Quercus robur L. is one of the most valued tree species of deciduous temperate forests. However, in the last decade, serious oak declines and loss of adaptation plasticity have been reported throughout Europe as a consequence of drought. Therefore, the aim of the present study was to define the adaptation potential of five Q. robur half-sib lines from the UNESCO Biosphere Reserve Mura-Drava-Danube to drought, using physiological, anatomical and biometrical traits. Half-sib lines that exhibited drought tolerance had particular suites of trait expression regarding biometrical traits (seedling height, root length, root to shoot ratio of dry mass and specific leaf area), leaf stomatal traits (stomatal density per mm2, stomata guard cell length and width, stomatal aperture length and width) and leaf structural traits (adaxial epidermis thickness, palisade parenchyma thickness, spongy parenchyma thickness, lamina thickness). All of the observed parameters of chlorophyll a fluorescence were shown to be good indicators of short-term and severe drought. For the selection of drought-tolerant half-sib lines, all studied chlorophyll a fluorescence parameters associated with the heat dissipation of light energy (coefficient of non-photochemical quenching, quantum yield of regulated energy dissipation, Stern-Volmer type non-photochemical fluorescence quenching) and one parameter related to photochemical dissipation of light energy (effective quantum yield (efficiency) of PS II photochemistry) were proven to be suitable. On the other hand, the coefficient of photochemical quenching, coefficient of photochemical fluorescence quenching assuming interconnected photosystem II antennae and electron transport rate were not suitable for distinguishing the different responses of the studied half-sib lines under drought. The importance of results of the present study is in the selection of drought-tolerant Q. robur half-sib lines for future reforestation programs, particularly in protected areas with sensitive forest management and restricted activities for mitigation of the adverse effects of climate changes. Full article
(This article belongs to the Special Issue Tree Responses to Drought)
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17 pages, 3951 KiB  
Article
Shifts in Leaf and Branch Elemental Compositions of Pinus massoniana (Lamb.) Following Three-Year Rainfall Exclusion
by Tian Lin, Xuan Fang, Yongru Lai, Huaizhou Zheng and Jinmao Zhu
Forests 2020, 11(1), 113; https://doi.org/10.3390/f11010113 - 16 Jan 2020
Cited by 6 | Viewed by 2425
Abstract
We investigated changes in leaf and branch stoichiometry of Pinus massoniana caused by seasonal variation and experimental drought in response to a three-year manipulation of the rainfall exclusion. The results showed that (1) in response to rainfall exclusion manipulation, plant capacity to regulate [...] Read more.
We investigated changes in leaf and branch stoichiometry of Pinus massoniana caused by seasonal variation and experimental drought in response to a three-year manipulation of the rainfall exclusion. The results showed that (1) in response to rainfall exclusion manipulation, plant capacity to regulate leaf potassium (K) concentrations were notably lower than for leaf nitrogen (N) and phosphorus (P) concentrations. Thus, the plants modulated leaf N and P concentrations to improve water use efficiency, which take part in drought resistance mechanisms. Leaf K concentrations decreased continuously, having additional indirect negative effects on plant fitness. (2) The effects of seasonal variation on both the leaf K and P concentrations were significantly stronger than on leaf N concentrations. High leaf N and P concentrations and a low N:P ratio in the growing season improved the growth rate. (3) Principal component analyses (PCA) revealed that to adapt to drought, the plants regulated nutrient elements and then maintained certain stoichiometries as a capital to resist stress. Our results suggest that, on nutrient-poor soils, a lack of N or P (or both) would probably impede P. massoniana’s response to drought. Full article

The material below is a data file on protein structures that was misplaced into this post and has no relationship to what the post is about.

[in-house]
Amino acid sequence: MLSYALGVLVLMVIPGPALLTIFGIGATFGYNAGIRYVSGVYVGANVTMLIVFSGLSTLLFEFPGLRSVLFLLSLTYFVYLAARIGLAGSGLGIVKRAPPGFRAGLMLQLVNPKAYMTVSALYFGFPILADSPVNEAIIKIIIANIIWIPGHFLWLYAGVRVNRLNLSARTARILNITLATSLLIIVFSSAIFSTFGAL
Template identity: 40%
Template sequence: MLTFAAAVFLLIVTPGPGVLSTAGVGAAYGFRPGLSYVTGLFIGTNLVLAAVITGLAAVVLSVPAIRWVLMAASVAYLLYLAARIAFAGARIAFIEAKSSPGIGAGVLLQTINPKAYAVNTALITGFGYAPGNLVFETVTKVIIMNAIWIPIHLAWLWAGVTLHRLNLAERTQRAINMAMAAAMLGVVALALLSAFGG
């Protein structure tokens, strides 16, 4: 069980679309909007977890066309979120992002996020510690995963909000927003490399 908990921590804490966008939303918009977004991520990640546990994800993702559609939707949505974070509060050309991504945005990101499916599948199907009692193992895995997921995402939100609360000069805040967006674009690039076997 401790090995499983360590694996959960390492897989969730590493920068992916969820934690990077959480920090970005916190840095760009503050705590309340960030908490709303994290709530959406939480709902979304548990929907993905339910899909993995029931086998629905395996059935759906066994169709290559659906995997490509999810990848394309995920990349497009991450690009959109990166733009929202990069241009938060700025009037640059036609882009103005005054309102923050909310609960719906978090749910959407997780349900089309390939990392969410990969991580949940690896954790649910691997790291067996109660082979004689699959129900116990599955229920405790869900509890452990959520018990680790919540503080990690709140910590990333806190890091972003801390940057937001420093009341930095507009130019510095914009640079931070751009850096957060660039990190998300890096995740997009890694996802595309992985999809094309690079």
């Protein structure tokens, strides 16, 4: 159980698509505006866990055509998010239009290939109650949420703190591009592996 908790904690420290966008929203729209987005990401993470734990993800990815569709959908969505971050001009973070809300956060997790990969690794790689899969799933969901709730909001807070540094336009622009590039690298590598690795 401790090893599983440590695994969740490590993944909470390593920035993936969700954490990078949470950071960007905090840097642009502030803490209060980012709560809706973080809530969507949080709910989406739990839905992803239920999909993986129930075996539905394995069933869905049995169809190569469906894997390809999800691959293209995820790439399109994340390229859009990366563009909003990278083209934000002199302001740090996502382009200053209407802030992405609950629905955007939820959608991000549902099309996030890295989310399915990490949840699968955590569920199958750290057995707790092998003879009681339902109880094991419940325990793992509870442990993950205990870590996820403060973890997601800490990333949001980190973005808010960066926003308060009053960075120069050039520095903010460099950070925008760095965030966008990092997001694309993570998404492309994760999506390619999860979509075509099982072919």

(This article belongs to the Special Issue Tree Responses to Drought)
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14 pages, 2999 KiB  
Article
Development of Fine Root Biomass of Two Contrasting Urban Tree Cultivars in Response to Drought Stress
by Chi Zhang, Laura Myrtiá Faní Stratópoulos, Chao Xu, Hans Pretzsch and Thomas Rötzer
Forests 2020, 11(1), 108; https://doi.org/10.3390/f11010108 - 15 Jan 2020
Cited by 13 | Viewed by 3389
Abstract
Global climate change associated with rapid urbanization is projected to cause a worsening of environmental problems such as extreme heat and drought in cities. Urban trees play an essential role in improving air quality, fixing carbon, mitigating environmental degradation, and providing other ecosystem [...] Read more.
Global climate change associated with rapid urbanization is projected to cause a worsening of environmental problems such as extreme heat and drought in cities. Urban trees play an essential role in improving air quality, fixing carbon, mitigating environmental degradation, and providing other ecosystem services. However, limited research has been conducted on belowground processes, which hampers a comprehensive understanding of the effect of climate change and urbanization on urban tree growth. Fine roots (<2-mm diameter) are the primary pathway for water and nutrient uptake by plants, and they considerably contribute to the survival of urban trees under drought stress. In this study, we conducted a controlled experiment on the development of fine roots of Tilia cordata Mill ‘Greenspire’ and Tilia tomentosa Moench ‘Brabant’ in response to drought stress via soil coring. Our results indicate that the two cultivars have different strategies for coping with drought. Tilia tomentosa ‘Brabant’, originating from drier regions, gave allocation to deeper soil parts priority probably to obtain more water. On the other hand, Tilia cordata ‘Greenspire’, which is native in Central Europe, showed a negative response to water shortage and preferred a more horizontal development of fine roots rather than a vertical development. Long-term studies are needed to gain a better understanding of the belowground processes of urban trees to select tree species and cultivars which are appropriate for planting in major cities, particularly with regard to future climate change. Full article
(This article belongs to the Special Issue Tree Responses to Drought)